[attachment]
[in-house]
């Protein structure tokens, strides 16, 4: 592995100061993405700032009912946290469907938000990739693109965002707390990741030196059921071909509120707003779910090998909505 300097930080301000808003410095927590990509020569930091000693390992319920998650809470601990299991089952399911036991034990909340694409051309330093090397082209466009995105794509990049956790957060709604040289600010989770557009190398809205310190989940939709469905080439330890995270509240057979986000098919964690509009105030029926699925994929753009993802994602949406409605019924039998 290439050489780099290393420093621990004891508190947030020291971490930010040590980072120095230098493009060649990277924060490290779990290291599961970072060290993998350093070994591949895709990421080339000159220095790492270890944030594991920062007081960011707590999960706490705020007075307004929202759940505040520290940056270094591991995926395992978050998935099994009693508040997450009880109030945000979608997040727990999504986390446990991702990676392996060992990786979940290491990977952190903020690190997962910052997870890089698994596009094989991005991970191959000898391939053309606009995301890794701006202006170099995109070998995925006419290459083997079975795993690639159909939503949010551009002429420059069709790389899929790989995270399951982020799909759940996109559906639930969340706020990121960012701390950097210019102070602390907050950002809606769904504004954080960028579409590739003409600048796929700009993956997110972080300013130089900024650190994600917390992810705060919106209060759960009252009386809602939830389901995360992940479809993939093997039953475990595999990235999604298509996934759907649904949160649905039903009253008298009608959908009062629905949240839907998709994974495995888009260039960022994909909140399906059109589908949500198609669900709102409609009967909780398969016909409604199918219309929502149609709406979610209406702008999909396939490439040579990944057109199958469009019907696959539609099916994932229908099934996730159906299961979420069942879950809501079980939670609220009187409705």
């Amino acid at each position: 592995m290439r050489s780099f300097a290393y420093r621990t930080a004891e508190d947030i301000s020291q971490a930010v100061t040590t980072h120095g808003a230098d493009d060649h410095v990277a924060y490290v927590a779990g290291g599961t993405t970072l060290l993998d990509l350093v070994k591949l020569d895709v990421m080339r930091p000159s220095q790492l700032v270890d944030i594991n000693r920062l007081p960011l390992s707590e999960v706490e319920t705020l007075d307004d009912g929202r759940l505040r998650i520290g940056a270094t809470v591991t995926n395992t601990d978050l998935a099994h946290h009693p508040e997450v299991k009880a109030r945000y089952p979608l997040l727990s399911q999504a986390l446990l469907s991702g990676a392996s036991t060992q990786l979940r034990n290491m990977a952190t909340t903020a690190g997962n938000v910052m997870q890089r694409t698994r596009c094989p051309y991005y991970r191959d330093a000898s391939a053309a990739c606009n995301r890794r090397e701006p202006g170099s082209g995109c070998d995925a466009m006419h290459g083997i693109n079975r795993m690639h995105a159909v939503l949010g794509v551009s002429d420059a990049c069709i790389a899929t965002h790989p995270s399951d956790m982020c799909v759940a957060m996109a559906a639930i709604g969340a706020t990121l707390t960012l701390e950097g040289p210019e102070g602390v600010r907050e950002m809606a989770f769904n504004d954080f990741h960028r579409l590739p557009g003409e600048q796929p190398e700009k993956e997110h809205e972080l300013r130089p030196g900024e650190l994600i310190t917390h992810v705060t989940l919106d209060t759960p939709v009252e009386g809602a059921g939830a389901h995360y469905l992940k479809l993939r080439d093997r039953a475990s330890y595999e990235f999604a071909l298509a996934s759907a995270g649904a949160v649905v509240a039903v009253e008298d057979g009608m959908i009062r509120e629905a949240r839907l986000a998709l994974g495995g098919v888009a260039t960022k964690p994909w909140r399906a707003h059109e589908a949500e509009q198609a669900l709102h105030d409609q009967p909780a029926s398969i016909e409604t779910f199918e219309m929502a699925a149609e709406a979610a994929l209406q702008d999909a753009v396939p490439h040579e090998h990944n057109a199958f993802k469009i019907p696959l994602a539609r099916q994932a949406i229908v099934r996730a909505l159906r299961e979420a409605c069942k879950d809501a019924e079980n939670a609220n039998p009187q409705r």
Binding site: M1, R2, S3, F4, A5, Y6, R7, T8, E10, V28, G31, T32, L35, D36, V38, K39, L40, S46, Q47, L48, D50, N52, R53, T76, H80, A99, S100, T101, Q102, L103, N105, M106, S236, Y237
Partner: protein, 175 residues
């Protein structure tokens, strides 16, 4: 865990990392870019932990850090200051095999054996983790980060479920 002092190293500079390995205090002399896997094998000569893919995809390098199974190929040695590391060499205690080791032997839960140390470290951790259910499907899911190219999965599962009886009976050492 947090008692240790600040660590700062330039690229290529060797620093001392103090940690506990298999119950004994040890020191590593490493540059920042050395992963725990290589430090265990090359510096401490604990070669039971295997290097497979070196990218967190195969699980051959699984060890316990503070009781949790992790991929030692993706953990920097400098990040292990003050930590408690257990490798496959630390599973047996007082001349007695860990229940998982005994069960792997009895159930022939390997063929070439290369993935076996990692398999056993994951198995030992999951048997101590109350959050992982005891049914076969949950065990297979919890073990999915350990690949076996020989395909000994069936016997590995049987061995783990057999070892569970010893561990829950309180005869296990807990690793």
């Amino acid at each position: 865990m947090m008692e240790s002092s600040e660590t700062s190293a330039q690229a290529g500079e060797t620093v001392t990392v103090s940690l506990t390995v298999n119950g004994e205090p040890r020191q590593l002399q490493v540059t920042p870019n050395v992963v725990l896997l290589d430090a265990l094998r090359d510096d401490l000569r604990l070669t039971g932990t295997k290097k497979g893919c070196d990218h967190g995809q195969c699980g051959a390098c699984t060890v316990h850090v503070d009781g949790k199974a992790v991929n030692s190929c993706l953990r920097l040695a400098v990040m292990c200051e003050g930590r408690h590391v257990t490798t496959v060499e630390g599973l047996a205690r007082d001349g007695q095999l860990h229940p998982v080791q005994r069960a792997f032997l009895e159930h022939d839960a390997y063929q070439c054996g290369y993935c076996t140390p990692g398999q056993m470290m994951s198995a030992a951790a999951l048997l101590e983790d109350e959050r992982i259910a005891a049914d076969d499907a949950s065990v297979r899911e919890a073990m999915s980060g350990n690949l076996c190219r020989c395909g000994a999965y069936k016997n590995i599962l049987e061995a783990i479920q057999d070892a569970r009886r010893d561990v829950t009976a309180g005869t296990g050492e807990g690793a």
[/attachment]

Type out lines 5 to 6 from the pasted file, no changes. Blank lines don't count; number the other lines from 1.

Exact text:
Partner: protein, 175 residues
């Protein structure tokens, strides 16, 4: 865990990392870019932990850090200051095999054996983790980060479920 002092190293500079390995205090002399896997094998000569893919995809390098199974190929040695590391060499205690080791032997839960140390470290951790259910499907899911190219999965599962009886009976050492 947090008692240790600040660590700062330039690229290529060797620093001392103090940690506990298999119950004994040890020191590593490493540059920042050395992963725990290589430090265990090359510096401490604990070669039971295997290097497979070196990218967190195969699980051959699984060890316990503070009781949790992790991929030692993706953990920097400098990040292990003050930590408690257990490798496959630390599973047996007082001349007695860990229940998982005994069960792997009895159930022939390997063929070439290369993935076996990692398999056993994951198995030992999951048997101590109350959050992982005891049914076969949950065990297979919890073990999915350990690949076996020989395909000994069936016997590995049987061995783990057999070892569970010893561990829950309180005869296990807990690793």